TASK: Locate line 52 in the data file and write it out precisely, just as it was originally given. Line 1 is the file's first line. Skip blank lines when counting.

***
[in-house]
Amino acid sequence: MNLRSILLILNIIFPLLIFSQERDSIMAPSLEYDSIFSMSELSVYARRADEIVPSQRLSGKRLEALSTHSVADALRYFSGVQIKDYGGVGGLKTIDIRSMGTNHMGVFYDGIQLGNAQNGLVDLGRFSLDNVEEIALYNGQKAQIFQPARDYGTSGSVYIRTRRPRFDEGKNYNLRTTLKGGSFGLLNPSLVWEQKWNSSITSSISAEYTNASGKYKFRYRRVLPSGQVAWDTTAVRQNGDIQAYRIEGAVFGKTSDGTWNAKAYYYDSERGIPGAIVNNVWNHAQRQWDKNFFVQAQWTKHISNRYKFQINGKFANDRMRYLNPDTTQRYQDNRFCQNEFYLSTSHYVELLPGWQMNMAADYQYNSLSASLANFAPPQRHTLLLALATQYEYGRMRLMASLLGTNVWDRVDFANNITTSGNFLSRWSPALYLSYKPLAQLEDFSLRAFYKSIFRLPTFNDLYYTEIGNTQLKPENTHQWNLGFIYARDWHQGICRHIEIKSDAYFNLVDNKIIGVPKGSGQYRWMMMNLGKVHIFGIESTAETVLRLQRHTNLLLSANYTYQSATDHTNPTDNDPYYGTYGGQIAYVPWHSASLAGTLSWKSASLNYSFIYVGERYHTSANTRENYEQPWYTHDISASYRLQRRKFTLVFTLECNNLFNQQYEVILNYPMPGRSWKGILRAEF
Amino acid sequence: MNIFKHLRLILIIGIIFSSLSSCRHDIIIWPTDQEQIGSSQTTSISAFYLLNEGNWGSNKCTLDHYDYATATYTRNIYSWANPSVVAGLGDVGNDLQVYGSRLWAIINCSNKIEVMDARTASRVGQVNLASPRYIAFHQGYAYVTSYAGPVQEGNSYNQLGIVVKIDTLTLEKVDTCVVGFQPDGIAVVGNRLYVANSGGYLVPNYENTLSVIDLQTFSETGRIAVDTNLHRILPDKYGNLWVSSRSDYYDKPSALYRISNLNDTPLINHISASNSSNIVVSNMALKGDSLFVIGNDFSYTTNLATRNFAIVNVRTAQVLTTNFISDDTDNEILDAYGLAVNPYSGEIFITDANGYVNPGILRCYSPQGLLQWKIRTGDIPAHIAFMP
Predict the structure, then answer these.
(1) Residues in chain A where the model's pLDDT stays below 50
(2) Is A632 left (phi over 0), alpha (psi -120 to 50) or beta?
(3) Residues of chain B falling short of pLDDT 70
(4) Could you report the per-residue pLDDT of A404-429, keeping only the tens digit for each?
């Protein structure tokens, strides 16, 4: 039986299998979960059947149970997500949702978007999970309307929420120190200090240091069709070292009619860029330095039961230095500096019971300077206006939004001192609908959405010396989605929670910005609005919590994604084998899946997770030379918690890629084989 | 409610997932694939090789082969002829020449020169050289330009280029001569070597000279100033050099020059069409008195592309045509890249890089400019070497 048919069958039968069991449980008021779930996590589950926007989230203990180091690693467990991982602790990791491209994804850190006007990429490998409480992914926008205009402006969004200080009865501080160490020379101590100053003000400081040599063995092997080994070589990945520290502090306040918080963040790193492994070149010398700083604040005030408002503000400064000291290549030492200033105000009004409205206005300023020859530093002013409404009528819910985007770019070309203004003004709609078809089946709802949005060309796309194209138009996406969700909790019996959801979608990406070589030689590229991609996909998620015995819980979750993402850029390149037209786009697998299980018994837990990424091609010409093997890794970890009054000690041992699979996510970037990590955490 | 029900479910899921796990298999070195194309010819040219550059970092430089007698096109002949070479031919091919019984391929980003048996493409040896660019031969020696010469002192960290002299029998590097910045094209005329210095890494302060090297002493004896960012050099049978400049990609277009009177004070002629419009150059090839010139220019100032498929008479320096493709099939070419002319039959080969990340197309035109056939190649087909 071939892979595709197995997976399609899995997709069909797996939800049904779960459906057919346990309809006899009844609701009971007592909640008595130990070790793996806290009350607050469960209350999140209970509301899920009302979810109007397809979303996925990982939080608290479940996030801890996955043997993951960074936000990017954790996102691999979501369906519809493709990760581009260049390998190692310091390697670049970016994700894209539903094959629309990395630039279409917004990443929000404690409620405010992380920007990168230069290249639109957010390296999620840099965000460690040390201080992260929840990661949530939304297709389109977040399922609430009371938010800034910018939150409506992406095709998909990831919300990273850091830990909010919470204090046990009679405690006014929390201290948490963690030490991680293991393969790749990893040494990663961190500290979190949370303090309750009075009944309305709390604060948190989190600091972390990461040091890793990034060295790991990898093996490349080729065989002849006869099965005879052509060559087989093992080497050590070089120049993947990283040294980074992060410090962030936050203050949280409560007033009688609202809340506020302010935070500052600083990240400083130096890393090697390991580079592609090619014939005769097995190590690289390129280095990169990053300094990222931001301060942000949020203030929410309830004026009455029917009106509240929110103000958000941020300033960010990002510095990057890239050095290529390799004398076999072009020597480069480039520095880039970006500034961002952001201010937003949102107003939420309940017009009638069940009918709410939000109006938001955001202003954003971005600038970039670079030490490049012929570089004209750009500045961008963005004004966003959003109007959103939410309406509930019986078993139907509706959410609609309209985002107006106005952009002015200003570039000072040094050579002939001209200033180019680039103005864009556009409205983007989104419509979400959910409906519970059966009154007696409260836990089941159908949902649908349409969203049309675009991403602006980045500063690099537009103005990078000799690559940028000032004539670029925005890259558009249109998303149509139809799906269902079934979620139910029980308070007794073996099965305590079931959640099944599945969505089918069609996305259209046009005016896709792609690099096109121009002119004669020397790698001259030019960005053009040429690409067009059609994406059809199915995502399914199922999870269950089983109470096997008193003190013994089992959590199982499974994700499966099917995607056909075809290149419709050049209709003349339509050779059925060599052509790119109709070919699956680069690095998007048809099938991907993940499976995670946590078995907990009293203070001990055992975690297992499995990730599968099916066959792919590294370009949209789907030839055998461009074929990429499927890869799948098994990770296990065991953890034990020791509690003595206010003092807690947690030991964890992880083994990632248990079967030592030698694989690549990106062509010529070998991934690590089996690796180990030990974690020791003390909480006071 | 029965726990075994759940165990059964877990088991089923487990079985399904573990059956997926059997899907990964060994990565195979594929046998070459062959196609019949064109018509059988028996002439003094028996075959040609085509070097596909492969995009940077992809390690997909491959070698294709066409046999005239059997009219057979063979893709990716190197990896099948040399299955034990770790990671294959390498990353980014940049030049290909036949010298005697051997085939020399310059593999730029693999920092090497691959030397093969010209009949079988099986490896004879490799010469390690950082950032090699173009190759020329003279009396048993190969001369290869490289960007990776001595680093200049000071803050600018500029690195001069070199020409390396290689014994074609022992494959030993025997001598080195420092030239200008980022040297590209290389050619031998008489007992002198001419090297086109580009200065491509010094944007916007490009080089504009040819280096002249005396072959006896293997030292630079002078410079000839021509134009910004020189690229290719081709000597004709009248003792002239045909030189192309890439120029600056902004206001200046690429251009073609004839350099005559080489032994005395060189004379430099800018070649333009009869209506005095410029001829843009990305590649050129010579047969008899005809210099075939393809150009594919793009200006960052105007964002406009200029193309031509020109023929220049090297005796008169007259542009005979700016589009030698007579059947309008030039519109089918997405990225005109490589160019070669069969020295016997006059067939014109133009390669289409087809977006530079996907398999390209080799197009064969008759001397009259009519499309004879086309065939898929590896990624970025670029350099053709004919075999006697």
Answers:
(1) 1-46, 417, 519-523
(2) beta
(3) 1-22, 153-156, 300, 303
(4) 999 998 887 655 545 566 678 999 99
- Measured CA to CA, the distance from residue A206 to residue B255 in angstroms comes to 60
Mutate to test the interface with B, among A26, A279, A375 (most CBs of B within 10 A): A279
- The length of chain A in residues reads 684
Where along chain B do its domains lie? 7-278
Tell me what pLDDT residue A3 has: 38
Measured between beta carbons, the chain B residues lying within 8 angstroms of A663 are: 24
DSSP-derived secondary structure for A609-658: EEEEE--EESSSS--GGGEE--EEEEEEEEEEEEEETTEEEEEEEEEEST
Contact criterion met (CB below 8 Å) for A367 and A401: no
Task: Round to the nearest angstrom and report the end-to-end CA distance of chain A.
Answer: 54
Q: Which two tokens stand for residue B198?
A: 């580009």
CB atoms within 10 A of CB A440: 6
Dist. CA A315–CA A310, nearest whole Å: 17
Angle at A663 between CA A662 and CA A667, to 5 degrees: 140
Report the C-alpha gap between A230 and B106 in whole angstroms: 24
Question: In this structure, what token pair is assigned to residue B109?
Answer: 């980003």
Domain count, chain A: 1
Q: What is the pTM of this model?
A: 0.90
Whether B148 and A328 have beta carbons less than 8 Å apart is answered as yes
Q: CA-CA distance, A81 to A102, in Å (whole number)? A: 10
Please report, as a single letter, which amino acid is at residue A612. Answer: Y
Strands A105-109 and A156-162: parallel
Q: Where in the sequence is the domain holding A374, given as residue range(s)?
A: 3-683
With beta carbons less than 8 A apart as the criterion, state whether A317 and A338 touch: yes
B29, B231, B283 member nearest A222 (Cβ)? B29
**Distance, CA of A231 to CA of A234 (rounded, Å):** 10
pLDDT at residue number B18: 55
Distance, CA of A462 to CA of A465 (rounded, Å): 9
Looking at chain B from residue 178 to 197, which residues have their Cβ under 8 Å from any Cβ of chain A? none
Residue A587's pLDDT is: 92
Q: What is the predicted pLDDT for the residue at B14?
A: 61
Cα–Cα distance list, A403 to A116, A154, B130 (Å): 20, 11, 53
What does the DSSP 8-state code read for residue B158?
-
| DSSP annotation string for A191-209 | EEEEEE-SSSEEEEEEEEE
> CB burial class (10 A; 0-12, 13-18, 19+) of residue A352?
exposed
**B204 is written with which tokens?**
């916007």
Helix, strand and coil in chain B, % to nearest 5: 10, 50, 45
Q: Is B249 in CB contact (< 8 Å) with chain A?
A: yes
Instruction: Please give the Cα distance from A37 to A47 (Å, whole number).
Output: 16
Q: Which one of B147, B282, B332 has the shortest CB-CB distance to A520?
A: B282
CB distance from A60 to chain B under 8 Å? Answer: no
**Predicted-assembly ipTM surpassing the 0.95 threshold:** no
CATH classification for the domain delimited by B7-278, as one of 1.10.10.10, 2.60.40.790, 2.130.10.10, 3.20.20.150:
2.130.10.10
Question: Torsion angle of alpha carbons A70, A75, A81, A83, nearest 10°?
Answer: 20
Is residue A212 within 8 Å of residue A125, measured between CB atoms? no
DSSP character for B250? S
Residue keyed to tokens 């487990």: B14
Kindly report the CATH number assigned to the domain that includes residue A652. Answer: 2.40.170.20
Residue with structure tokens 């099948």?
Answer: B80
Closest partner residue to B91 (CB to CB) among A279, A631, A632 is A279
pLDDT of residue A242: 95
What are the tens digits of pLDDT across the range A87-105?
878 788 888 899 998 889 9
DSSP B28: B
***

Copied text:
What does the DSSP 8-state code read for residue B158?